The Silver Lining of Bernie Sanders?

Bernie Sanders has proved to be a deeply interesting and polarizing figure this election cycle. On the left, some see him as a hopeless idealist that could endanger the viability Democratic Party. And on the right, his advocacy of democratic socialism is viewed as the antithesis to what America stands for. But in an election cycle where voters have gravitated towards anyone that didn’t seem like a regular politician, he has emerged as a real contender. And while it remains to be whether he can beat the well-resourced Clinton for the nomination, a Sanders Presidency is worth contemplating.

At this point, it seems there are essentially four candidates that are likely to win the nomination: Donald Trump and Ted Cruz on the Republican side, and Bernie Sanders and Hillary Clinton. And of these remaining major candidates, it is our view that Bernie Sanders is probably the least bad option remaining.

Given the avowed libertarian leanings of this publication, this choice may seem surprising at first. But Bernie has some potential upsides that many have dismissed. (And before we proceed, I would like to clarify that Bernie is not my first choice among the major party candidates (which would be Rand Paul), but merely suggesting he’s probably the best option in the top-tier. I also happen to live in a state where my vote has essentially zero probability of impacting either the primary or the general election.)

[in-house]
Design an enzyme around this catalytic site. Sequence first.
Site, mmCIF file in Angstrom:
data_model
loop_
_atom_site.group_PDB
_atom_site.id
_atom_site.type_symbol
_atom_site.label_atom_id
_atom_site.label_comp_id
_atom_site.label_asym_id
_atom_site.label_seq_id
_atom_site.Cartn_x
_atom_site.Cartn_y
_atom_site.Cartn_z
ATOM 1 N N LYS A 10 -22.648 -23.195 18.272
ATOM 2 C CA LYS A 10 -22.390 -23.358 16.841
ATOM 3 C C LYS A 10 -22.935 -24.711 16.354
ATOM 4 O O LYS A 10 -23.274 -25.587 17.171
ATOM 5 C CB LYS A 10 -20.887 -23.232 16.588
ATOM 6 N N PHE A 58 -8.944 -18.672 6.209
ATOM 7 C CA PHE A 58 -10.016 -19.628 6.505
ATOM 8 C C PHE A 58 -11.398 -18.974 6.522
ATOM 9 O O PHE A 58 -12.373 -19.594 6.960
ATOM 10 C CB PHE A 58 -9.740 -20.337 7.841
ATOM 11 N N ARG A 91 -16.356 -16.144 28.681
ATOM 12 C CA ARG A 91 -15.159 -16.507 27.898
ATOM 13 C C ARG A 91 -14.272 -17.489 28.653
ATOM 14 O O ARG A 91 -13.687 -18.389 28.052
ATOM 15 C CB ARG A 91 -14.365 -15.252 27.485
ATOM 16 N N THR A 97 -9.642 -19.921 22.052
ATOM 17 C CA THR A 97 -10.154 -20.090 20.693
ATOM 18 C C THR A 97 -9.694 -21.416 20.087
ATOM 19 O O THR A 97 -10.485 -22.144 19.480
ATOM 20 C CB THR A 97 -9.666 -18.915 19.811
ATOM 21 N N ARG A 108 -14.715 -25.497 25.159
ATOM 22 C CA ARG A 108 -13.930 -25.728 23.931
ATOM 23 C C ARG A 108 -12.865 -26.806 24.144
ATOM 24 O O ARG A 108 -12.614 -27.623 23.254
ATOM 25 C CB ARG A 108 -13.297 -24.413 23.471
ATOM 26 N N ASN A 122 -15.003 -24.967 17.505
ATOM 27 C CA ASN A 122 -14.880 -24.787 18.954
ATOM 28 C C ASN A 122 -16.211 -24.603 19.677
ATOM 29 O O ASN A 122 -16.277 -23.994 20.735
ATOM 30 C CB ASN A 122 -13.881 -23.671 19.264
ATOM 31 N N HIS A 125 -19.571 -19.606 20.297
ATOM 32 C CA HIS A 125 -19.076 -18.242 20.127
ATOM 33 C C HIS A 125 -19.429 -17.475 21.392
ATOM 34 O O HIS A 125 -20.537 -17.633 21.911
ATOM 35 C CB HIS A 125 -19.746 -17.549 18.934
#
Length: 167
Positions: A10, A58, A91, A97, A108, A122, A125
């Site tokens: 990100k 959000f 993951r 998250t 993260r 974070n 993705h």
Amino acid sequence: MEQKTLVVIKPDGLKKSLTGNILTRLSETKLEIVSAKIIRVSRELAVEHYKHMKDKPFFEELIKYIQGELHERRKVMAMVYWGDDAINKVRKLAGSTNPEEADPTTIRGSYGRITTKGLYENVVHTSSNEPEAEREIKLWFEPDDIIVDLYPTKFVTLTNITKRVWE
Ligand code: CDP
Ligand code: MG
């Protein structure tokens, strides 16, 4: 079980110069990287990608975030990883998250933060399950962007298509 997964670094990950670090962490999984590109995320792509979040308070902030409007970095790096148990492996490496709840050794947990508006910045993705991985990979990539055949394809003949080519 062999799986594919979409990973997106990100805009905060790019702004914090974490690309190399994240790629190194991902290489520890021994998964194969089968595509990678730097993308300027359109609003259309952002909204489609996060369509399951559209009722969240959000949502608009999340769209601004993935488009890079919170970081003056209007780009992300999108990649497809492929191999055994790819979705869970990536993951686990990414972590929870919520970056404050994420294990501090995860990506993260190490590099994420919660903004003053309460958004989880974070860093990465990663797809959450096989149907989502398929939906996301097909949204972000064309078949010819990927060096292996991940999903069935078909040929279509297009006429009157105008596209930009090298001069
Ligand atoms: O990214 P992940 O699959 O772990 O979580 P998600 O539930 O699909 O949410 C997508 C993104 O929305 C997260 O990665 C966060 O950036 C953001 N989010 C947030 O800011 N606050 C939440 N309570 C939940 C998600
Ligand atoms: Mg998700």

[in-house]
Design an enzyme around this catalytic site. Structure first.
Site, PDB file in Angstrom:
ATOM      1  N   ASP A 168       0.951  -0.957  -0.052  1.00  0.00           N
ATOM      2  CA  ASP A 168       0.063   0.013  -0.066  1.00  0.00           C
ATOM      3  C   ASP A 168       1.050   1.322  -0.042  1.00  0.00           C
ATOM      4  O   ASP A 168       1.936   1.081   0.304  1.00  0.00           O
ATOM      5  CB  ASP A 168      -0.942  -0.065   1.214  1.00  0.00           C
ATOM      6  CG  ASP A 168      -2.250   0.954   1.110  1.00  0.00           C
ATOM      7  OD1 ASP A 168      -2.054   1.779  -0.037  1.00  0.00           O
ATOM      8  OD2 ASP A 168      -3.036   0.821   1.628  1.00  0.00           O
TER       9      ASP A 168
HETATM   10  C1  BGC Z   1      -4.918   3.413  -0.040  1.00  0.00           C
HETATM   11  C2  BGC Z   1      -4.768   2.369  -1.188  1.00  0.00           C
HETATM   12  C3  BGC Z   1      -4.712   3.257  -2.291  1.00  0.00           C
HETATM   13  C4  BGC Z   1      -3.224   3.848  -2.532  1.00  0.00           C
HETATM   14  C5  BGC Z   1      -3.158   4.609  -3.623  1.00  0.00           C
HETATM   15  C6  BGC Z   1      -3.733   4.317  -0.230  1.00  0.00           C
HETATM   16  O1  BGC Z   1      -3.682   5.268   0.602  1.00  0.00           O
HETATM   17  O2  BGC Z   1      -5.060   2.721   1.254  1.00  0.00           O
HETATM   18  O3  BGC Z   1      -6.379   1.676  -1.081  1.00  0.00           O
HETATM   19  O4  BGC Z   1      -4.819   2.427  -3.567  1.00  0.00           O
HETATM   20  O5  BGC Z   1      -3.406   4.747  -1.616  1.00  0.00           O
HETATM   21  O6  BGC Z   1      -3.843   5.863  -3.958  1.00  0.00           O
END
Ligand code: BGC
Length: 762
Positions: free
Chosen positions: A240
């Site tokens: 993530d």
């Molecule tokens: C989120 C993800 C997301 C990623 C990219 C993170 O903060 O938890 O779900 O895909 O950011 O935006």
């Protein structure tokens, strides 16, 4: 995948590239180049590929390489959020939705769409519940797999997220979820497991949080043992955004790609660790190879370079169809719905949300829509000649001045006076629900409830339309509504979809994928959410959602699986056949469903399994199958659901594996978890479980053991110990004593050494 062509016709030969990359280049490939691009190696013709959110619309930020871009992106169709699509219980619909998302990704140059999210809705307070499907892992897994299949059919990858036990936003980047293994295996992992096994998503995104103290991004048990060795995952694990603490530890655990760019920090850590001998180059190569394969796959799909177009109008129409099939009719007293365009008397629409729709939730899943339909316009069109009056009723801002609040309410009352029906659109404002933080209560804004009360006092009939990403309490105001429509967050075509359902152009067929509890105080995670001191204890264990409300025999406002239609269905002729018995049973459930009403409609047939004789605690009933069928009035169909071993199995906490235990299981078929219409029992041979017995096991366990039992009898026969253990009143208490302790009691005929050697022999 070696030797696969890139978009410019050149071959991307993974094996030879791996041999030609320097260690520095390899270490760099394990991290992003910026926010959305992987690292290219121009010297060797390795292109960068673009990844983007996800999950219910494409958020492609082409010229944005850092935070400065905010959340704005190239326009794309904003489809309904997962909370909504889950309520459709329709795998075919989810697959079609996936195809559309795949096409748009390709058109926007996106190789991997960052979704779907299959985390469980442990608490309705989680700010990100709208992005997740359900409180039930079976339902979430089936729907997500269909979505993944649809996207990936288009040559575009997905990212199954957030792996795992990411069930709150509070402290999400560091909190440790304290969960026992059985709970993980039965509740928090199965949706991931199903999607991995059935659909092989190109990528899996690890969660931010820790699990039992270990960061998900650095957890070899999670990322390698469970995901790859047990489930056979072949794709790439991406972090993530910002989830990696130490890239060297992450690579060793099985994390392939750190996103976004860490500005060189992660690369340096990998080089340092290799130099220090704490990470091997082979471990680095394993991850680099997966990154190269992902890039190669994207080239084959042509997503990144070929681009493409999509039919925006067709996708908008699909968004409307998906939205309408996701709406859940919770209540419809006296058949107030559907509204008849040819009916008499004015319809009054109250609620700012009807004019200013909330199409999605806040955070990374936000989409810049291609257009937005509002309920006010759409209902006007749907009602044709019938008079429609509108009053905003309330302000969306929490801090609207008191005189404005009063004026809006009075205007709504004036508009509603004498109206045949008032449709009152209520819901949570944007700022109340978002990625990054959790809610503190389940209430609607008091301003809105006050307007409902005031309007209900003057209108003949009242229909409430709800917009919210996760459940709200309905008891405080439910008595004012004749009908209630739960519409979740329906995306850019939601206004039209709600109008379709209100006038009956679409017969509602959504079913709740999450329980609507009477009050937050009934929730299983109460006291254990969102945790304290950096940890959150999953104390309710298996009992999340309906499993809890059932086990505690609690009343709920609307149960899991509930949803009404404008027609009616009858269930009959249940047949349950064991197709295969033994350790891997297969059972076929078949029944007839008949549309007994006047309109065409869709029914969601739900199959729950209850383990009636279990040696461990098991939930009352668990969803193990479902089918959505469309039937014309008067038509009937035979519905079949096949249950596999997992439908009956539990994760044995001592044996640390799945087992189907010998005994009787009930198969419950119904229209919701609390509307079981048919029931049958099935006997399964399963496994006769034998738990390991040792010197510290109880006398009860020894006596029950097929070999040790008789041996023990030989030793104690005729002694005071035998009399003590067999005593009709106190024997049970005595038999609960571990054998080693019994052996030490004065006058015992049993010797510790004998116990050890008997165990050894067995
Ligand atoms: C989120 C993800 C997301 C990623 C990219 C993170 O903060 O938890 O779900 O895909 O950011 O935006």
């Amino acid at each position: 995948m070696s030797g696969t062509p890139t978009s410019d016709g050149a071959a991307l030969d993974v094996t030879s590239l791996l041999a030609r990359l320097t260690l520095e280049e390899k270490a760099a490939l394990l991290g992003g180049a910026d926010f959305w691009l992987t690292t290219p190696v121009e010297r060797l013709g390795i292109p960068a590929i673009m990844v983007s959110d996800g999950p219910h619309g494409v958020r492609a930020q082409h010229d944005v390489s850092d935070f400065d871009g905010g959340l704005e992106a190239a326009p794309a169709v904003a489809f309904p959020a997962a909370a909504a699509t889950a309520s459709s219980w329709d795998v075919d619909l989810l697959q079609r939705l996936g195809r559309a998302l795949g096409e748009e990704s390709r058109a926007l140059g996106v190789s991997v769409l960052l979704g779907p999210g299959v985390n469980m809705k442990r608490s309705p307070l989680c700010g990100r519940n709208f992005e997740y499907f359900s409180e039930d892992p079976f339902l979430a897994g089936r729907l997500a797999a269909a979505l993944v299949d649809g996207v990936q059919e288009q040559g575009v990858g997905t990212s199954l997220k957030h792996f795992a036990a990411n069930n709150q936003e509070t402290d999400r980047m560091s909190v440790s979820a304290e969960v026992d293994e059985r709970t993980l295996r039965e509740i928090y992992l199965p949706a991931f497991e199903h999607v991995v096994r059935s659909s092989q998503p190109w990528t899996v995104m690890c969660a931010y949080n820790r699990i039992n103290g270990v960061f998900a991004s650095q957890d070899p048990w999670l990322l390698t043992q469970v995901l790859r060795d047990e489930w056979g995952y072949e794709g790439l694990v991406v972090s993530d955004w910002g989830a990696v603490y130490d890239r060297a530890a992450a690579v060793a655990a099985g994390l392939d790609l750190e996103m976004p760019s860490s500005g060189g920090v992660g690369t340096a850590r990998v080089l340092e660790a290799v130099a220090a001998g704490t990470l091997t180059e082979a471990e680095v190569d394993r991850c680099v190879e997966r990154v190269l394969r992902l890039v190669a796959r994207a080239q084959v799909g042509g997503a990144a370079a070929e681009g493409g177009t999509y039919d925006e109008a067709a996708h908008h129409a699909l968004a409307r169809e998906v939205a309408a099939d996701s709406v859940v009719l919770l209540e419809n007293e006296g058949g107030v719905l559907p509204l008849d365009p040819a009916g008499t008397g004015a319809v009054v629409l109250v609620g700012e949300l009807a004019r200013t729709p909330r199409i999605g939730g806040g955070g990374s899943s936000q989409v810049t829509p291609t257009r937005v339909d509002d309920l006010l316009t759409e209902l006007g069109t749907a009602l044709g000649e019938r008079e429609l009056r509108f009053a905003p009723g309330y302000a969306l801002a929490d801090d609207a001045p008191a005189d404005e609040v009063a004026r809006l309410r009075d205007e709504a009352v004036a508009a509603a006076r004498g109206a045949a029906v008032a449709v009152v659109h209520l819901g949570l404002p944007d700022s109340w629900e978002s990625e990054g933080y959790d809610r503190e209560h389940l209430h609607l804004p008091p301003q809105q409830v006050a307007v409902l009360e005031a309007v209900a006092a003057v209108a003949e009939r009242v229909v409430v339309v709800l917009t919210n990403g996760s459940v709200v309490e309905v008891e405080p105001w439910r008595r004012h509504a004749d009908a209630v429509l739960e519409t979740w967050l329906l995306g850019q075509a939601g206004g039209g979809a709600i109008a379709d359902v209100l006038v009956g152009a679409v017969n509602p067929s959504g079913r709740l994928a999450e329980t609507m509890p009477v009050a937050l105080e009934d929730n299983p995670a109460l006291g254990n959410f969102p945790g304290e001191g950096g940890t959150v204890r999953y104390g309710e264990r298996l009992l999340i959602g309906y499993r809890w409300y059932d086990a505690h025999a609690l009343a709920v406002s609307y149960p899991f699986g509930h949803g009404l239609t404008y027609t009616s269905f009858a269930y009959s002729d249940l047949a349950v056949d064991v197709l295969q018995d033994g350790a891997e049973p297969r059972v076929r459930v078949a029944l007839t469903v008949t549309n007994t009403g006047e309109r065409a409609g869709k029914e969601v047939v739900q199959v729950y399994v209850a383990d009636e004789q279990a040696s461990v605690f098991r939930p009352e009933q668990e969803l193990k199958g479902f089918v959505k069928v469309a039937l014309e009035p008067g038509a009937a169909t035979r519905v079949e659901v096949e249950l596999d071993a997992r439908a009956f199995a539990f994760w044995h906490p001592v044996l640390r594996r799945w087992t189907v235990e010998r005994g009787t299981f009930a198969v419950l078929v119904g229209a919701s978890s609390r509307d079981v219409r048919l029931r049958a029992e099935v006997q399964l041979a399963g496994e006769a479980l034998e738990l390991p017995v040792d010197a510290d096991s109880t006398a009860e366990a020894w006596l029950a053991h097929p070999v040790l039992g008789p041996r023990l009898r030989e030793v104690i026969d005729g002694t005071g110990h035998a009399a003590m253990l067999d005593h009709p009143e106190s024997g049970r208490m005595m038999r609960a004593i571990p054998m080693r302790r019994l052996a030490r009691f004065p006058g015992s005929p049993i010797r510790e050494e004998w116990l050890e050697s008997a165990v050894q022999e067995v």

With those disclaimers aside, let us proceed. In particular, we’ll touch on two major items: foreign policy, and economic issues.

Foreign Policy: Bernie’s not Ron Paul, but he’s also not Hillary
Bernie Sanders is not nearly as antiwar as he is often described. He voted against the Iraq War in 2003, and he supported the Iran Deal, which are undeniably positive things. But he’s also taken many other positions that are contrary to the cause of peace. This article offers a helpful summary with many links, and I’ll repeat some of the highlights here:

  • Supports sanctions on Russia over Ukraine
  • Voted in favor of an aid deal to the post-coup Ukrainian government
  • Supported the Israeli assault on Gaza in 2014